This was the first time I used the chain alignment tool that my son bought. Cool little gizmo: see pic. Easy peasy. I am assuming getting that right assures the entire wheel is in alignment. Someone please correct me if I am wrong.

    The sprocket change will save you a little less than an ounce...w00 w00, just dont eat that cheeseburger for lunch. In theory it is noisier without the rubber insert on the OEM one. Who knows, my bike is so loud I couldn't tell. I am actually now thinking all that rubber is a dampner, making it a bit smoother? Not sure.

    Riding... well hold on folks! Martin and I were talking about my mods. From his experience and dyno results on other bikes he estimated I probably have 8-10 HP gain from stock 65HP: maybe up to 75HP, or a bit less. With associated weight savings I've done with Lithium Phosphate battery, fender eliminator, De-catting which was a serious boat anchor compared to my under 3lbs Delkevic can, my ol' butt dyno "feels like" a 20% improvement for sure.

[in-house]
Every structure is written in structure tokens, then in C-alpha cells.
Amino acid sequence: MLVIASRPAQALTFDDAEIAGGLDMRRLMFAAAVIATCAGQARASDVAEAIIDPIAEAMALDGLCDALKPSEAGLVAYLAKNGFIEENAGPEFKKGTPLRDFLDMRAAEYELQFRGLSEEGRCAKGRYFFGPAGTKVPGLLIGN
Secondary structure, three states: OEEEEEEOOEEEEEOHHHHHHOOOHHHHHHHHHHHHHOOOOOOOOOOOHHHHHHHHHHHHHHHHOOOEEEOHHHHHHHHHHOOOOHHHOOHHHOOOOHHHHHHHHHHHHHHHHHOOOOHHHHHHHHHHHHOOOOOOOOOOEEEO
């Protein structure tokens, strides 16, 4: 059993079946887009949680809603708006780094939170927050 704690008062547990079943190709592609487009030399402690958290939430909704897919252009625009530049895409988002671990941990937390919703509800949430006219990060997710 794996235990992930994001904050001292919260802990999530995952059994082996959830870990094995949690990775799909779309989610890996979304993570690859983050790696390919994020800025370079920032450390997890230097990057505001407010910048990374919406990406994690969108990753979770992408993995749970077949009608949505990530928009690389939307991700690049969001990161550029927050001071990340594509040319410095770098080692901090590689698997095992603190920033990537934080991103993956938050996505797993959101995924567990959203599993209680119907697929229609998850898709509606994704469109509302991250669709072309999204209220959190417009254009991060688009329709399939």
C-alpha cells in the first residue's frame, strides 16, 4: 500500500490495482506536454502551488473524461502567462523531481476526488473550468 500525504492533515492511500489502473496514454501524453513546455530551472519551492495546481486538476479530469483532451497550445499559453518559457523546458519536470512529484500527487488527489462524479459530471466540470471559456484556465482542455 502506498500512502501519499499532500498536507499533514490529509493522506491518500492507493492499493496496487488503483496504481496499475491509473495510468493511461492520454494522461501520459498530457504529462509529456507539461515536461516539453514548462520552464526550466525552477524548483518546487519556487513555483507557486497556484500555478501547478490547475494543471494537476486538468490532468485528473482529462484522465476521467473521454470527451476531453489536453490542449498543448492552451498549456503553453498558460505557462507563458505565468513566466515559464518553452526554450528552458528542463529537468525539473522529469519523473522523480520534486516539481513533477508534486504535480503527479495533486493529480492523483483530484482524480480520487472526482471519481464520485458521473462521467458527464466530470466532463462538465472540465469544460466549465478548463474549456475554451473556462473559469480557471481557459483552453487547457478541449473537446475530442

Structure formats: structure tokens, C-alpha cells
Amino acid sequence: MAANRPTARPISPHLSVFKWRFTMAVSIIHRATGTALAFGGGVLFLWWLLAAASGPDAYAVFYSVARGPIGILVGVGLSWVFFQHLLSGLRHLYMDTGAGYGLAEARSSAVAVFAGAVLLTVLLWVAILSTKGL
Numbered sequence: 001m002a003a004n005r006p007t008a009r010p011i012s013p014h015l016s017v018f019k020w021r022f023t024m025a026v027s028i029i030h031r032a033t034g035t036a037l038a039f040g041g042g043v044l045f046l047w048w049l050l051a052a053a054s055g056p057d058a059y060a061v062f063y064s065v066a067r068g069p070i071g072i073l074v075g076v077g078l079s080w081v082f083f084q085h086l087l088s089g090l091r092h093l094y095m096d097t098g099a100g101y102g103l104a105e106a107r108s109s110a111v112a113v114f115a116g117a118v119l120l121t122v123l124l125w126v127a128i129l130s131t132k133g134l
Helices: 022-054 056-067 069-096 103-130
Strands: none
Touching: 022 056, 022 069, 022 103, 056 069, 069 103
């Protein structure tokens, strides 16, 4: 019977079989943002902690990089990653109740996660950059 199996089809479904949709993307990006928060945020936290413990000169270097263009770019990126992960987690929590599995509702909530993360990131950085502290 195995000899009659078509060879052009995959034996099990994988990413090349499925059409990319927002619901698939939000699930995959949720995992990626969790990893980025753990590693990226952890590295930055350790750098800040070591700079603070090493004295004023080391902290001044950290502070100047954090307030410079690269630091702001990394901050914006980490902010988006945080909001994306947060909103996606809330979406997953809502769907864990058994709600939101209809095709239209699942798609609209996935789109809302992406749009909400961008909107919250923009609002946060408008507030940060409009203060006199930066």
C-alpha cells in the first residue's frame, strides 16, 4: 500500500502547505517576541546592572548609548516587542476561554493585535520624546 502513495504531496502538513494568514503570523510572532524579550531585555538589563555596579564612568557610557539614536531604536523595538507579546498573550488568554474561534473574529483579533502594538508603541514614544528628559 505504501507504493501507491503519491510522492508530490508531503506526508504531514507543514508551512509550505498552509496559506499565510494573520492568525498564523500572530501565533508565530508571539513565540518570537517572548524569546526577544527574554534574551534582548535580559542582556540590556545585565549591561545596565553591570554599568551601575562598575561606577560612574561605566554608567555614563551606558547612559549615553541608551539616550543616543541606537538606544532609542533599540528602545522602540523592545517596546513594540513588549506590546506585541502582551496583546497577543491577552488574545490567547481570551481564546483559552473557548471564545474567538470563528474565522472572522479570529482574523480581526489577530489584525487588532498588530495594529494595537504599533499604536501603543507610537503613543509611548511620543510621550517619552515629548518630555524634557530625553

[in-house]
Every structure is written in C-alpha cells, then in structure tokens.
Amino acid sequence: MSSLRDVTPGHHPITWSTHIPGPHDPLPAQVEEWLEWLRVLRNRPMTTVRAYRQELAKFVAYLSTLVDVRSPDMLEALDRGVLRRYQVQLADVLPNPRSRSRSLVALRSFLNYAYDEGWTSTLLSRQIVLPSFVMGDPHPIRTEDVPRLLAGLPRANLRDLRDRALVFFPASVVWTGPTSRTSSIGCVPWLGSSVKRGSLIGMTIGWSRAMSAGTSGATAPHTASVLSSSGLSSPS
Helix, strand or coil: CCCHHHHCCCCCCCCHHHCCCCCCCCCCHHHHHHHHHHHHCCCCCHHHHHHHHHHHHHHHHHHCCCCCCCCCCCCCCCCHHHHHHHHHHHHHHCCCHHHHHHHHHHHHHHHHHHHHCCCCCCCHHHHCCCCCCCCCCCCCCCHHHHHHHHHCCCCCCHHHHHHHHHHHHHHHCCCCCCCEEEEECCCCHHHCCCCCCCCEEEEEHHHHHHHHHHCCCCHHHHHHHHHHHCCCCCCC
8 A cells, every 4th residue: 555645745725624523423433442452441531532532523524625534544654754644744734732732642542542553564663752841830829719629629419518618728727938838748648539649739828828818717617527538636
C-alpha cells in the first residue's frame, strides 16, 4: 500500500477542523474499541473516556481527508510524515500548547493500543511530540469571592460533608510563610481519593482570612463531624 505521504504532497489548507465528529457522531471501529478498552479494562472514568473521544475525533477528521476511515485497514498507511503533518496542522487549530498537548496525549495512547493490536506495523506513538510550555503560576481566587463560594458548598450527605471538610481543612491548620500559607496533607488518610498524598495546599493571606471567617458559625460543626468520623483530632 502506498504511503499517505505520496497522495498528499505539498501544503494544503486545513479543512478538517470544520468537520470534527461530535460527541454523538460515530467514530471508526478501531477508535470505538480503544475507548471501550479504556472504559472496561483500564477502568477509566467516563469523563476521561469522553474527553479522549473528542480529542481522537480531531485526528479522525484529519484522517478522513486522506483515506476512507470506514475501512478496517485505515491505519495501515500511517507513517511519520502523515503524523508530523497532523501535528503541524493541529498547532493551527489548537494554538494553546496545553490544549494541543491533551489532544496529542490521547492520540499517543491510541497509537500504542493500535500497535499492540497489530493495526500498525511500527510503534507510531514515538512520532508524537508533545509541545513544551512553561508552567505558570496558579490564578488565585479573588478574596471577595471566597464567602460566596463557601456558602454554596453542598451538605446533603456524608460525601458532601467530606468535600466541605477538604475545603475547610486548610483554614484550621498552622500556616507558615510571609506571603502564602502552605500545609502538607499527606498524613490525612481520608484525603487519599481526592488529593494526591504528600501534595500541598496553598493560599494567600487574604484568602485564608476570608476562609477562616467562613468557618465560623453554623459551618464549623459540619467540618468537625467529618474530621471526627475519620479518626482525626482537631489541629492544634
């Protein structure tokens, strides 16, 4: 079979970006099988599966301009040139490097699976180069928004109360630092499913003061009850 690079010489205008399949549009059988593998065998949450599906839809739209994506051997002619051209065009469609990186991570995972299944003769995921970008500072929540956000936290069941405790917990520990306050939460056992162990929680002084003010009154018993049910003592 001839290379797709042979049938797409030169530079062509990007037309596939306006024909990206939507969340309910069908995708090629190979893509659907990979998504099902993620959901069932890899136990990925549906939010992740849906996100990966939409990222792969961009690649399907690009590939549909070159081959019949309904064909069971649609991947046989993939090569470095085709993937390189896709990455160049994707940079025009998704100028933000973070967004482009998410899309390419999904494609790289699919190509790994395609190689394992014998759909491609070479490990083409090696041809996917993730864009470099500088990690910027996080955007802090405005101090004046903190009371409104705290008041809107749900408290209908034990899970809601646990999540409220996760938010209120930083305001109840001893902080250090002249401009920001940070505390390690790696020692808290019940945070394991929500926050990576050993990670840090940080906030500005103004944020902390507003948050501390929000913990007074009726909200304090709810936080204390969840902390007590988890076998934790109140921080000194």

I have become very used to riding it this way. I changed the seating position on my bike because I'm 6'3". So I have a more upright seating position than a lot of FZ6R riders I assume. I have also had 3 back surgeries, so clip-on like leaned over is not in the cards for me. Previously my riding style had been comfy riding position, roll on 1st pretty hard without absolutely twisting the throttle as fast as I could. The front wheel gets light, maybe raises up a very small amount, then 2nd gear and so on. Since my other mods it is very lively and fun, smooth and repeatable, with the kind of adrenaline rush I like, but in control (mostly, LOL).